Annual household income
<$50,000 191 (29.3) 258 (21.9)
$50,000–$99,999 147 (22.5) 254 (21.6)
$100,000–$150,000 60 (9.2) 171 (14.5)
>$150,000 77 (11.8) 197 (16.8)
Refused 106 (16.3) 184 (15.6)
Not sure 71 (10.9) 112 (9.5)
State region
San Francisco Bay Area 79 (12.1) 147 (12.5)
Greater Los Angeles Area 77 (11.8) 130 (11.1)
Greater Sacramento Area 53 (8.1) 131 (11.1)
San Diego and southern border 73 (11.2) 142 (12.1)
Central Coast 87 (13.3) 132 (11.2)
Northern Sacramento Valley 69 (10.6) 134 (11.4)
San Joaquin Valley 79 (12.1) 130 (11.1)
Northwestern California 78 (12.0) 113 (9.6)
Sierras 57 (8.7) 117 (9.9)
Race/Ethnicity
White, non-Hispanic 292 (44.8) 506 (43.0)
Black, non-Hispanic 39 (6.0) 42 (3.6)
Hispanic (any race) 201 (30.8) 315 (26.8)
Asian, non-Hispanic 56 (8.6) 134 (11.4)
American Indian or Alaska Native, non-Hispanic 9 (1.4) 10 (0.9)
Native Hawaiian or Other Pacific Islander, non-Hispanic 2 (0.3) 12 (1.0)
More than one race 40 (6.1) 131 (11.1)
Refused 13 (2.0) 26 (2.2)
COVID-19 vaccination status§
Unvaccinated or incompletely vaccinated 511 (78.4) 676 (57.5)
Fully vaccinated 115 (17.6) 377 (32.1)
Unknown 26 (4.0) 123 (10.5)
Reopening tier in California
Tier 1 (most restrictive) 125 (19.2) 237 (20.2)
Tier 2 152 (23.3) 255 (21.7)
Tier 3 119 (18.3) 272 (23.1)
Tier 4 (least restrictive) 18 (2.8) 32 (2.7)
After June 15, 2021 238 (36.5) 380 (32.3)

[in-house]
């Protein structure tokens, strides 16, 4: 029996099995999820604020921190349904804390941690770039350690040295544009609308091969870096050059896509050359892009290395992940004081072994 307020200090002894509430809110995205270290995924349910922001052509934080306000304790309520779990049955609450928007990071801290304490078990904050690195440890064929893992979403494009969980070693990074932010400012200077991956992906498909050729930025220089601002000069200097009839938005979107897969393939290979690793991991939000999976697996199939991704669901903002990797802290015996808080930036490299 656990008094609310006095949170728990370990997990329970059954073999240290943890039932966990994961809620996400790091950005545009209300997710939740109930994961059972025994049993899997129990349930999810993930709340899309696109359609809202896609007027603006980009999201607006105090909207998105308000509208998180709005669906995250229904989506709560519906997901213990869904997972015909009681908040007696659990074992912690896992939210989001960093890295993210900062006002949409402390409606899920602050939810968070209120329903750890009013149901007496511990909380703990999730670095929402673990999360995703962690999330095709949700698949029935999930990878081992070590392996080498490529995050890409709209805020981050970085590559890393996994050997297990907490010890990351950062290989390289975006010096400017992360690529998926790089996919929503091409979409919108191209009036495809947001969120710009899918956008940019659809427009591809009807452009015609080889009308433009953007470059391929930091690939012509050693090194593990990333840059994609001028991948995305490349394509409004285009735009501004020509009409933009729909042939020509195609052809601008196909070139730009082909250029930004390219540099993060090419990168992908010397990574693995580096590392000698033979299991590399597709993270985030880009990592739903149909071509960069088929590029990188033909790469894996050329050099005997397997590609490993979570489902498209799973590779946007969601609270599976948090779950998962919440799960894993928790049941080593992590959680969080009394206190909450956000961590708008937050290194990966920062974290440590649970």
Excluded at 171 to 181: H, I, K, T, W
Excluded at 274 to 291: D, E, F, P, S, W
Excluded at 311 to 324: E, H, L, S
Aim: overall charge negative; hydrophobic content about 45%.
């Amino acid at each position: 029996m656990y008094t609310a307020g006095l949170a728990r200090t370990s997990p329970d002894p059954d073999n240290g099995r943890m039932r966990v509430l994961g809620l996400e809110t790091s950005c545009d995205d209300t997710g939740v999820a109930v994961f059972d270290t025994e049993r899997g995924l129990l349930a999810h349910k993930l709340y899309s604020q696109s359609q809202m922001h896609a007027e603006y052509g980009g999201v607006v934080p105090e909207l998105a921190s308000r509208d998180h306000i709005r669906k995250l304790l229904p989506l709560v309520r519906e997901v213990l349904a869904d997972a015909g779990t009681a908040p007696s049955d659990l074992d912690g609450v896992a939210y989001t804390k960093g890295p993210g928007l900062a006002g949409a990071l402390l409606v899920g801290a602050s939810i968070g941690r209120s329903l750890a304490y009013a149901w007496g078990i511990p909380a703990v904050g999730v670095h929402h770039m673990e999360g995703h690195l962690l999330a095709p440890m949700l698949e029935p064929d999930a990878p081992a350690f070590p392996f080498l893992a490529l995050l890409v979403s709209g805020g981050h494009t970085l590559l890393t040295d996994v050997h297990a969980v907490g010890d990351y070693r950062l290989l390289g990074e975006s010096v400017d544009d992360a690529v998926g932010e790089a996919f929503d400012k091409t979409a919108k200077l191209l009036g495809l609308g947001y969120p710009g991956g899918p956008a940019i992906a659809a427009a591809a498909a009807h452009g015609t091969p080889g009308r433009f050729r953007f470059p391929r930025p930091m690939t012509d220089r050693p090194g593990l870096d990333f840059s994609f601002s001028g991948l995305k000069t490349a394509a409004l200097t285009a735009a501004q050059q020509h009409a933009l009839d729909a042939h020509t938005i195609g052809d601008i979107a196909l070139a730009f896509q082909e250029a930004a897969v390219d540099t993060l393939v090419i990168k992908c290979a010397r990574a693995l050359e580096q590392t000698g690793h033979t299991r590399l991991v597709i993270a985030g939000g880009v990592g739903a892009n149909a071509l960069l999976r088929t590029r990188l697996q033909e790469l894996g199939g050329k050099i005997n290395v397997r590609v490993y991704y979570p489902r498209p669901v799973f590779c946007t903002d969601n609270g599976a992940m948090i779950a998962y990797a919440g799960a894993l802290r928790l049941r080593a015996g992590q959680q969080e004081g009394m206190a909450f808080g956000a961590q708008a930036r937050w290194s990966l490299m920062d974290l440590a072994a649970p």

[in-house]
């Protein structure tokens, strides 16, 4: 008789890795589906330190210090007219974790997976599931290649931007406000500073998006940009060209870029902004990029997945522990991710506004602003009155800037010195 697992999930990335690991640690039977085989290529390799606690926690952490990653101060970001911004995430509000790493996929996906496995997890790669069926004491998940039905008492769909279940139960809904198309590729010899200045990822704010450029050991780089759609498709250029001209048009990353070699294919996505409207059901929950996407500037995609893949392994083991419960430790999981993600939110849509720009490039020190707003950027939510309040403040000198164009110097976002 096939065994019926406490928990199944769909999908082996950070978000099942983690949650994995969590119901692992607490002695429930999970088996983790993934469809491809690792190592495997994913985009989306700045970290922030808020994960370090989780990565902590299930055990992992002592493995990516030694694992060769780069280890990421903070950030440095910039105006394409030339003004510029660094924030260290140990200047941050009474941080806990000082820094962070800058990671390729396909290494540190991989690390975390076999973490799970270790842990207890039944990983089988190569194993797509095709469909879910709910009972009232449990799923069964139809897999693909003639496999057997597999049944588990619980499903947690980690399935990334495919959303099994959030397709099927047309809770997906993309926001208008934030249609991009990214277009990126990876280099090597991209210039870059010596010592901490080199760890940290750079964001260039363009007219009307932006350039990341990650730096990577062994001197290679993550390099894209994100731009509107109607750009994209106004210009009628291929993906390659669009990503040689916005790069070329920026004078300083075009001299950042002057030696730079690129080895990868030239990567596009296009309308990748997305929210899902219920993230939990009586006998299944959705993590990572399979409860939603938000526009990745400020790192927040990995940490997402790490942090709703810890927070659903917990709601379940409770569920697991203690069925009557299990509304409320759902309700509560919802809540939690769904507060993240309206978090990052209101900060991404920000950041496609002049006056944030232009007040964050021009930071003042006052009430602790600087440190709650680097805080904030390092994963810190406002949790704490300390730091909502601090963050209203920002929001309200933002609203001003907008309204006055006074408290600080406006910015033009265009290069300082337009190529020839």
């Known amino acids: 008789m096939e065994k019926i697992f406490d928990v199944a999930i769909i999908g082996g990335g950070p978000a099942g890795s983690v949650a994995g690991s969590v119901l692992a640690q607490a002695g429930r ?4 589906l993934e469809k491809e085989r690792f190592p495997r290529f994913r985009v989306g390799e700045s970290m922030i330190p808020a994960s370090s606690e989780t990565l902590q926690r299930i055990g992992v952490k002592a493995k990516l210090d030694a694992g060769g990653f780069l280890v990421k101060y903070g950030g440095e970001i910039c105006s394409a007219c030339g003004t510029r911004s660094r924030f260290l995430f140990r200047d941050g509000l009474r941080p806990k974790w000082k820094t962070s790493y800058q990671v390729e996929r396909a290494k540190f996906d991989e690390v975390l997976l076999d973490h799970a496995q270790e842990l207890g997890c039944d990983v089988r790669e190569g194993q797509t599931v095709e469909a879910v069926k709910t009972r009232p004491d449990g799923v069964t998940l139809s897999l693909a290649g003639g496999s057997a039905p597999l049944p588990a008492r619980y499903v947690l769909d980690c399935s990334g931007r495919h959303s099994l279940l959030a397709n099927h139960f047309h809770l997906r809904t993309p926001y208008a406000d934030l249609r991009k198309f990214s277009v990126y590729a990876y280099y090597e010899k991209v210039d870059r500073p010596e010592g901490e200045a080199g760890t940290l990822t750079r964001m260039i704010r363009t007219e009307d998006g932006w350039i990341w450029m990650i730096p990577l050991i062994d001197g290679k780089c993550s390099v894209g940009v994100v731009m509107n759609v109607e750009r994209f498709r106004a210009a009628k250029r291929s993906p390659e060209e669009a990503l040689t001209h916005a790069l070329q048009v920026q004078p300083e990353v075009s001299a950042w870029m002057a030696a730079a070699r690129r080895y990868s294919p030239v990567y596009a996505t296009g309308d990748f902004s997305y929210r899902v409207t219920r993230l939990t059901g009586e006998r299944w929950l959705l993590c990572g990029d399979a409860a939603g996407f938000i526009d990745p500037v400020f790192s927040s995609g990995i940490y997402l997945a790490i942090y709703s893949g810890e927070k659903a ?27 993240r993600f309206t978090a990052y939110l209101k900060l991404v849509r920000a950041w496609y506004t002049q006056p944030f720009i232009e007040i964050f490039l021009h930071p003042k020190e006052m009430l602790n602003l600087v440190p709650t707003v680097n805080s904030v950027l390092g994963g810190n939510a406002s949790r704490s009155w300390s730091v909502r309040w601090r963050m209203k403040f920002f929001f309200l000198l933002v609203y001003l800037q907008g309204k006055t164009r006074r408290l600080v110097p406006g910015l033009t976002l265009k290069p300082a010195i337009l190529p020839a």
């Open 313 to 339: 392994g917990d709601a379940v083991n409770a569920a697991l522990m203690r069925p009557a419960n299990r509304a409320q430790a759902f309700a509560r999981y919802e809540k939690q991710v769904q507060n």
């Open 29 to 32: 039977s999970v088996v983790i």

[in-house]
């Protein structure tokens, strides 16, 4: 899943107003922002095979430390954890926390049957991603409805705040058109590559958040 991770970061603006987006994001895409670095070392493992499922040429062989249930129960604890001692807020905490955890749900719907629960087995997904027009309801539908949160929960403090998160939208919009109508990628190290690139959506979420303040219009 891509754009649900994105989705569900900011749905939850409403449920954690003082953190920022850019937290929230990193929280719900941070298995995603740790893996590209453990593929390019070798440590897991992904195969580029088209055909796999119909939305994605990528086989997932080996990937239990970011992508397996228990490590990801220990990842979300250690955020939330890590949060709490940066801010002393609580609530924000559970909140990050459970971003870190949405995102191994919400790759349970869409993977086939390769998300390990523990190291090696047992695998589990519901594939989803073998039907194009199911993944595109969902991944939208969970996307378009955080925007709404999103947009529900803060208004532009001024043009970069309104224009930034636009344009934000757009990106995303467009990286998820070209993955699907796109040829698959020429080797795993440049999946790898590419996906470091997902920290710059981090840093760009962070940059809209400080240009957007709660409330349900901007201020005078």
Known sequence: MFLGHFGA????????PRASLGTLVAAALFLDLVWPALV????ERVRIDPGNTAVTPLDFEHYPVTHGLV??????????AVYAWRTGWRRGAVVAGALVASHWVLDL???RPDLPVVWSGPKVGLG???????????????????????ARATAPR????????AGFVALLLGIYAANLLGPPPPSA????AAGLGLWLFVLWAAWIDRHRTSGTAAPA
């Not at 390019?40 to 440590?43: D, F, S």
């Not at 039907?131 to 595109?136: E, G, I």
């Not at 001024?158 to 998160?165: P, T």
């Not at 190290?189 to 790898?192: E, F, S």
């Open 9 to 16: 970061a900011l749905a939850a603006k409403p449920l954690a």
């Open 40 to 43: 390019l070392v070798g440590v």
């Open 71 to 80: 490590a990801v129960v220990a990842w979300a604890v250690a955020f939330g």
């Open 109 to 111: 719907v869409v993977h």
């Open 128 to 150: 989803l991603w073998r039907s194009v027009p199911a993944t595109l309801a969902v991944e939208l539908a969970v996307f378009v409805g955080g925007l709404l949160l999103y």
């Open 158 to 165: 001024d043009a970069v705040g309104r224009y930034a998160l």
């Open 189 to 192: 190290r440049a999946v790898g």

Reasons for SARS-CoV-2 testing**
Experiencing symptoms 508 (77.9) 196 (16.7)
Testing required for medical procedure 40 (6.1) 199 (16.9)
Routine screening through work or school 71 (10.9) 507 (43.1)
Pre-travel test 33 (5.1) 120 (10.2)
Just wanted to see if I was infected 65 (10.0) 172 (14.6)
Test required for admission to an event or gathering 3 (0.5) 21 (1.8)

* A random sample of California residents with a molecular SARS-CoV-2 test result was invited to participate in a telephone-based survey to document frequency of face mask or respirator use and type of face mask or respirator typically worn in indoor public settings 2 weeks before testing. For each enrolled case-participant (person with a positive SARS-CoV-2 test result), interviewers attempted to enroll one control-participant (person with a negative SARS-CoV-2 test result) whose test result was posted to the reportable disease registry during the 48 hours preceding the call and matched the case-participant by age group, sex, and state region. Among 1,947 case- and control-participants who visited indoor public settings and did not report a known or suspected exposure to SARS-CoV-2 in the 14 days before getting a SARS-CoV-2 test, 119 (6.1%) participants were unable to report face mask use and were excluded from analysis. Parents or guardians served as proxy respondents and answered questions throughout the telephone survey on behalf of children aged <13 years.